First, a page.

Tobi tried making it by himself and it didn’t work out. here’s why: 1) make sure you are using a pot, not a pan. the caramel needs to have volume and not spread out to thin, or else it’ll burn. 2) you can add the salt along with the sugar and water, it works just fine. 3) the caramel has to be a very light blond colour, other wise it’s to dark, and that’s what’s causes it to curdle. Now hurry and go make it!

Bragging about Potstickers

May 1, 2008
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In December, I got a copy of last fall’s donna hay magazine, and in it was a little dossier about the versatility of wonton wrappers. Being a dedicated follower of all things hay, I immediatly got hooked onto the very idea of anything to do with wonton wrappers. sadly, it took me a long time to actually purchase them. I had planned on stuffing and steaming them dim sum-style, but the package said ‘for deep-frying only’. Being that I have a deeply ingrained fear of deep frying (probably better that way anyway!) and that I was unsure as to wether I was gonna be able to steam whatever I was gonna make, I decided to go the potsticker route. I have not looked back.

I made them today, and I feel incredibly proud, as proud as the time I made my first cake. I also feel the ridiculous urge to repeat the word ‘potsticker’,’potsticker’,’potsticker’ over and over again, quite like my oldest son who is hooked on ‘Anhängerkupplung'(trailer hitch) right now. Except he says ‘Anhängerpupplung’ and he says it about, oh 20 times/h. It’s funny at first, really, but then you start to wonder about the title of that book ‘your three year old, friend or enemy’ and start to mentally ticking that ‘enemy’ box… Potstickers are friends. definitely.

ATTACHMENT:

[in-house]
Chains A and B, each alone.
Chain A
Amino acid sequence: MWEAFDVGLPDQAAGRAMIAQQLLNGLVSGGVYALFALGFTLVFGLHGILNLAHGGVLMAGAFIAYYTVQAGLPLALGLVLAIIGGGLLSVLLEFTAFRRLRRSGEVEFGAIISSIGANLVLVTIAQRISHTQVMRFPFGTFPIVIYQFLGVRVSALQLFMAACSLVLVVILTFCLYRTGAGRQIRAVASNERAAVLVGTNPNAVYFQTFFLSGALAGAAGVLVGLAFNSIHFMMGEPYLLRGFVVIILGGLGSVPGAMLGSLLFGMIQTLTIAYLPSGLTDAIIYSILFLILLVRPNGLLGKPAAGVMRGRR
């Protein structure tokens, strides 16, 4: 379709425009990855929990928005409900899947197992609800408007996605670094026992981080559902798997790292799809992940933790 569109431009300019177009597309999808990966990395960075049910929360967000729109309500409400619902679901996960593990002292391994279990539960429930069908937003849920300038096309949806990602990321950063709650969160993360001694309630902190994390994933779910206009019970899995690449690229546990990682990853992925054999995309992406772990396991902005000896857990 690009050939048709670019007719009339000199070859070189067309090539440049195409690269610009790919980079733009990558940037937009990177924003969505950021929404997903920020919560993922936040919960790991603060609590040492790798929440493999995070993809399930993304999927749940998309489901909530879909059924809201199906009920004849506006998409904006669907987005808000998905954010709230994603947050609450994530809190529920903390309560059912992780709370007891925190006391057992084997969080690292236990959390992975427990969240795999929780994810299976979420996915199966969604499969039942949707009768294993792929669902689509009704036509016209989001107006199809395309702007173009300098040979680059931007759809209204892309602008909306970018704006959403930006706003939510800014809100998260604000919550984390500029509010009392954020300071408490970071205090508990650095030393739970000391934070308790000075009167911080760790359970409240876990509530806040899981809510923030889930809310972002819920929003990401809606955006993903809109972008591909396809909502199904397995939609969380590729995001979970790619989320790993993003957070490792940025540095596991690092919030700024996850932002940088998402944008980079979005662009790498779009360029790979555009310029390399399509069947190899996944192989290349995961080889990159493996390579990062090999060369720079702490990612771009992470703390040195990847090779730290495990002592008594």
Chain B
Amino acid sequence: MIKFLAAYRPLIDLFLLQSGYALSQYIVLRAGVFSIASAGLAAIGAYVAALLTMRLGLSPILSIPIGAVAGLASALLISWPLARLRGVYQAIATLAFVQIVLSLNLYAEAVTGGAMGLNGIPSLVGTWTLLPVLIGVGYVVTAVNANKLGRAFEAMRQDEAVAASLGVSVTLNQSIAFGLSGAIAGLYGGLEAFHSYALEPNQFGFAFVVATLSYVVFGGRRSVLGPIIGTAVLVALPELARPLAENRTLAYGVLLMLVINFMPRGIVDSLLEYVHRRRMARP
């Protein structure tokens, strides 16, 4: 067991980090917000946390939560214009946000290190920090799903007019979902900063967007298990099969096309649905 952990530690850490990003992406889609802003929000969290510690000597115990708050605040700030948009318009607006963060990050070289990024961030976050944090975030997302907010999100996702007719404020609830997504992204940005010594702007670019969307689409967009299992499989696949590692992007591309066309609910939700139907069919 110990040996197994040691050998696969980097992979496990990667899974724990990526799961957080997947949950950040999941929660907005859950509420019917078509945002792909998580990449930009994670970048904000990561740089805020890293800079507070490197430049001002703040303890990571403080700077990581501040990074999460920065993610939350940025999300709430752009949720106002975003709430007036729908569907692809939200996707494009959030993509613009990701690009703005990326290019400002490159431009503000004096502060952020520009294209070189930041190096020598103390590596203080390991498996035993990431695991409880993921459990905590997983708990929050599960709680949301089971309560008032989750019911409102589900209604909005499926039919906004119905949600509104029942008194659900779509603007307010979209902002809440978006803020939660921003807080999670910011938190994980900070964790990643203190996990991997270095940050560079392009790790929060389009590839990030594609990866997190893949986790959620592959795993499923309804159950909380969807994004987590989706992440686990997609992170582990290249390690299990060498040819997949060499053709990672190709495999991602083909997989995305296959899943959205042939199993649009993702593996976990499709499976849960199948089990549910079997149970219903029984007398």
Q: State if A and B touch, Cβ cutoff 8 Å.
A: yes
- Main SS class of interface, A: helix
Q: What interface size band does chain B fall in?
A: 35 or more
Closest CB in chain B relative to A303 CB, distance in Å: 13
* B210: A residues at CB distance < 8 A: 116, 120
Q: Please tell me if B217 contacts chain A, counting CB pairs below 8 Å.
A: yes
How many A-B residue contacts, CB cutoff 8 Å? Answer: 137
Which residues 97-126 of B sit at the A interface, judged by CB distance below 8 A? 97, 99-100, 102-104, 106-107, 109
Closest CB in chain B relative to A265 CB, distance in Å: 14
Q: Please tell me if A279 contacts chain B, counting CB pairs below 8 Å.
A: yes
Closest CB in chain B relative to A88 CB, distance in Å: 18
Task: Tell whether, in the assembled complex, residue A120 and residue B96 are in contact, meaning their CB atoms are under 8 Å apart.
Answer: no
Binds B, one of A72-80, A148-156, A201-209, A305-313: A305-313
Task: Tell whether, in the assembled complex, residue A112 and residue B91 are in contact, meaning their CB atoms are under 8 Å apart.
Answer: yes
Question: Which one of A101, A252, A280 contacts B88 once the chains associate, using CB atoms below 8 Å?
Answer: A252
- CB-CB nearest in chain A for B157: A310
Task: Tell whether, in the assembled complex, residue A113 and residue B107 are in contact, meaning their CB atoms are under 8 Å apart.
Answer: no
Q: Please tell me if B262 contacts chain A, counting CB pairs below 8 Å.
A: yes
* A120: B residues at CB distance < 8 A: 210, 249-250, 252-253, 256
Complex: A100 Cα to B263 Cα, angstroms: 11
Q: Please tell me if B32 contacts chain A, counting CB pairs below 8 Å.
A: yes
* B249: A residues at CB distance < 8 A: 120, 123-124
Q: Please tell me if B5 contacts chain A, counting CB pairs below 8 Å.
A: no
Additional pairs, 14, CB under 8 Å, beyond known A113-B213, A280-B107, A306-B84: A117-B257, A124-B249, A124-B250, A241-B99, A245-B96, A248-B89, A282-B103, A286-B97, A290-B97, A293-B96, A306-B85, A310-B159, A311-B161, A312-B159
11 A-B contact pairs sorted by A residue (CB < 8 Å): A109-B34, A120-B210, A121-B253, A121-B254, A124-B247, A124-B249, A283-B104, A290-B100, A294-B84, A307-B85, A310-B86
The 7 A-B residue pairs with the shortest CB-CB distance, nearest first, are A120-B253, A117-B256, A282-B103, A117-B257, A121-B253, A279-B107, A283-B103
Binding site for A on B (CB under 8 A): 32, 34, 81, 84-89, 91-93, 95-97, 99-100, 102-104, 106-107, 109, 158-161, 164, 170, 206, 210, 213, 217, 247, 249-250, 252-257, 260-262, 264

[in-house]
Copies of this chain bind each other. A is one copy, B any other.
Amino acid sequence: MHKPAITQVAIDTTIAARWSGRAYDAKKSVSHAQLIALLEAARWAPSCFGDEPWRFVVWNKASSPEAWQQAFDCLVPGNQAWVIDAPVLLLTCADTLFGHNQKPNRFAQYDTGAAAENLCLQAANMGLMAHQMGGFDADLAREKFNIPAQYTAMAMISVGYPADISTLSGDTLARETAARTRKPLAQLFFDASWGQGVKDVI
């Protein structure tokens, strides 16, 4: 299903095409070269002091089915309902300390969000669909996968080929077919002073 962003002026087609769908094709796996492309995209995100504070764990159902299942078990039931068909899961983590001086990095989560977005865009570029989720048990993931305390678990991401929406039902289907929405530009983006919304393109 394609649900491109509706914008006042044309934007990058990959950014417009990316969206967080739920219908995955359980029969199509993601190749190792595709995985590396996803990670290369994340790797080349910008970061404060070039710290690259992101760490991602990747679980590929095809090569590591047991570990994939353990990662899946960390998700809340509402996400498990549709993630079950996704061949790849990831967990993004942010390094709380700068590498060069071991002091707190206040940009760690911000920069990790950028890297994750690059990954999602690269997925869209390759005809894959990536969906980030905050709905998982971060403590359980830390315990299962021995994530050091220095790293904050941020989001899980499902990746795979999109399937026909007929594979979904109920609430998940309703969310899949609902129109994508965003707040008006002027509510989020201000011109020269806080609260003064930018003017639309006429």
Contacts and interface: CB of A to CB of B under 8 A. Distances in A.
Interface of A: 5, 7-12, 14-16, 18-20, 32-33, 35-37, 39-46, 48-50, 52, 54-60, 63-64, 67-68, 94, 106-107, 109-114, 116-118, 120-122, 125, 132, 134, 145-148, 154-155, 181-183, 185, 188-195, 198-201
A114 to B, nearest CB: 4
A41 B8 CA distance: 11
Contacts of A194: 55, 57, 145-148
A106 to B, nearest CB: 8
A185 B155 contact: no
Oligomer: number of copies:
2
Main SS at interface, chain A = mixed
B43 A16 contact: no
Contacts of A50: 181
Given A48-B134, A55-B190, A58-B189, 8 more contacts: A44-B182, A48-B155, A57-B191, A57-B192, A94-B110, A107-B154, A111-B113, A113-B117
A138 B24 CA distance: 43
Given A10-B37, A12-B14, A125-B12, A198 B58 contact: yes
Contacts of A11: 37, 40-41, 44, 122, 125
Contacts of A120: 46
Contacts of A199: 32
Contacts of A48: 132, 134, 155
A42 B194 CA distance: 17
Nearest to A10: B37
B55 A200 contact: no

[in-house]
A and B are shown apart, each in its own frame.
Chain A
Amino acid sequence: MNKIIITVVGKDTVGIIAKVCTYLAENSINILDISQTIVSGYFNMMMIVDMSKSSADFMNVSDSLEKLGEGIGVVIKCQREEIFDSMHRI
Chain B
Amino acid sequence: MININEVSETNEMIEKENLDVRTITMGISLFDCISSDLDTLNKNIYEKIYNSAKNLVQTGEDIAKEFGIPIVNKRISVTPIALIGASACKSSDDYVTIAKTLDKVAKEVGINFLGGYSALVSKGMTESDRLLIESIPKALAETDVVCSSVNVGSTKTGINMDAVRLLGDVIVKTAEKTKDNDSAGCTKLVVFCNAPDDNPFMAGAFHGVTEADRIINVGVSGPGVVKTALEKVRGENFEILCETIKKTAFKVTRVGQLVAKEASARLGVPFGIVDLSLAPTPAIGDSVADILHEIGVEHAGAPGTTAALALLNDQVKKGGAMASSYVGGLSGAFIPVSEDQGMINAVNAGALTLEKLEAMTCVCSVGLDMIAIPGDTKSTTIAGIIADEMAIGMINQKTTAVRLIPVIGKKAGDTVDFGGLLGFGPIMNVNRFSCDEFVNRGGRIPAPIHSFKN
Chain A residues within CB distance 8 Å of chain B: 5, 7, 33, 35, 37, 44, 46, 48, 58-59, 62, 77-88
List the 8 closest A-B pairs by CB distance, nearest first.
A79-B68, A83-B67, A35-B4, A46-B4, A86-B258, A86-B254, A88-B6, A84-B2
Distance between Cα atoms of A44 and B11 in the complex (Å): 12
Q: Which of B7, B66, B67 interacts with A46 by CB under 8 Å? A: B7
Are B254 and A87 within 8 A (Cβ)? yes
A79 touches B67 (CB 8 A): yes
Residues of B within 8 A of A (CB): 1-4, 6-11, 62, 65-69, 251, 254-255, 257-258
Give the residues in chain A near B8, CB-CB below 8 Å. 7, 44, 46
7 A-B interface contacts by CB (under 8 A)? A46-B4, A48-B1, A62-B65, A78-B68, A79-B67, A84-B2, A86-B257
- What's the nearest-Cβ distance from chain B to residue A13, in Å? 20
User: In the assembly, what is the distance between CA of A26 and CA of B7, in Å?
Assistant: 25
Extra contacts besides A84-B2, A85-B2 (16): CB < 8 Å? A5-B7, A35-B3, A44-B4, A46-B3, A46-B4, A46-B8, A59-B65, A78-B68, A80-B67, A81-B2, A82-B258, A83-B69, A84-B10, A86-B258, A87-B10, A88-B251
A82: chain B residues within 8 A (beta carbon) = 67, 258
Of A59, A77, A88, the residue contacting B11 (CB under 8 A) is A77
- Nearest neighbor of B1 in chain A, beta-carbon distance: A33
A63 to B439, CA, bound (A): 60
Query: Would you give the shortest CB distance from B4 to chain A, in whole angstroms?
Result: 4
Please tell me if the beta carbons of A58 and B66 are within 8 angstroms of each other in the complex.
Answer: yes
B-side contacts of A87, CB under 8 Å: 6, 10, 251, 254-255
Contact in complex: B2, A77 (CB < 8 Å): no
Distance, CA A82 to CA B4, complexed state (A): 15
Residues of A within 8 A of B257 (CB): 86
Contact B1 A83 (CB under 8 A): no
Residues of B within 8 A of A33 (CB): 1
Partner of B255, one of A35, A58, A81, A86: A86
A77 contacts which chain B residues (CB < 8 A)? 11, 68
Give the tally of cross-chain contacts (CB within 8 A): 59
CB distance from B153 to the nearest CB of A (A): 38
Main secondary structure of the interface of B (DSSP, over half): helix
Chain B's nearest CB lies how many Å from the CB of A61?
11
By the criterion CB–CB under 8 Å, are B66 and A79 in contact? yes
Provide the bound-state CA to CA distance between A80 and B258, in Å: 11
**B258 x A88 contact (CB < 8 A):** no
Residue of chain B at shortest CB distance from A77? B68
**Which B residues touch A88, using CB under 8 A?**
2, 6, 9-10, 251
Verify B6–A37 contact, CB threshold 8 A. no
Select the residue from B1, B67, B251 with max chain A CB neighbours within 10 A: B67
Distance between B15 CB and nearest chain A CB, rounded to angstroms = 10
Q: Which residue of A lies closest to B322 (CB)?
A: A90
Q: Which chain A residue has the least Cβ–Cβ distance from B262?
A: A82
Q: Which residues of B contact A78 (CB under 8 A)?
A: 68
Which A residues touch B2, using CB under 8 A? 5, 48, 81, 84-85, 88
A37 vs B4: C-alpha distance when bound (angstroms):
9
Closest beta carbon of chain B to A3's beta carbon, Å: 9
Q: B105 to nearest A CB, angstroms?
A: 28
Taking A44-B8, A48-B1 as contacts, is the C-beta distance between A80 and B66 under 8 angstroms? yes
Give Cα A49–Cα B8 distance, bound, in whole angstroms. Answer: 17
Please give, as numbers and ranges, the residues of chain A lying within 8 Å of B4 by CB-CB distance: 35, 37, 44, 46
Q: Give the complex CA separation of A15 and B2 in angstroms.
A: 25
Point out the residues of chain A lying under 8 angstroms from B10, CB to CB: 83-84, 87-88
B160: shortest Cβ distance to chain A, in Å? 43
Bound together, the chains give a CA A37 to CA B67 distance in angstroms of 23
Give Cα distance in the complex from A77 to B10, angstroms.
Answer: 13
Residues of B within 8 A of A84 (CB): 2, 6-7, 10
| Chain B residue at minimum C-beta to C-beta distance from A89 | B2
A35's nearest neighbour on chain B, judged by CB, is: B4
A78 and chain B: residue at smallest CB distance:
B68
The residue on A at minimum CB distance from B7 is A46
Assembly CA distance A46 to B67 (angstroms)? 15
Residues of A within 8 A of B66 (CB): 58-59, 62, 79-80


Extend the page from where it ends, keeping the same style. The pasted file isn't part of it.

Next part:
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Potstickers

adapted from donna hay magazine
prep time: depending on how many you make, about 40 min, cooking time: 5 min

mixing bowl, kitchen towel, pastry brush, non-stick frying pan

300 g of minced chicken/pork or fish
1 egg white
zest of one lime
2 tbsp chopped cilantro
1 tbsp chopped mint (or thai basil, if on hand)
1 cm fresh ginger peeled and grated
a minuscule amount of garlic (I pressed a tiny clove, which yielded the perfect amount for my taste)
1 tbsp sesame seeds
about 20 wonton wrappers

Mix the chicken with the egg, lime zest, the herbs, sesame, ginger and garlic together in a bowl.

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Place a single wonton sheet onto a dry kitchen towel (if the wonton wrapper gets wet, it will stick to any other surface), place a tablespoon of the filling unto the center of the wrapper. Brush the edges with some water and press them together to form a little parcel. Repeat until no wrappers are left behind.

Heat a frying pan over medium heat, fill the bottom with water, bring to a boil and place the potstickers in it. They will stick. Cover, and cook until nearly all water has evaporated and the bottom of the parcels is brown. Serve hot with soy sauce, chili sauce, hoisin sauce, lime juice etc.

You could make the raw parcels ahead of time and freeze them until ready. The would cook for about 10 min straight from the freezer.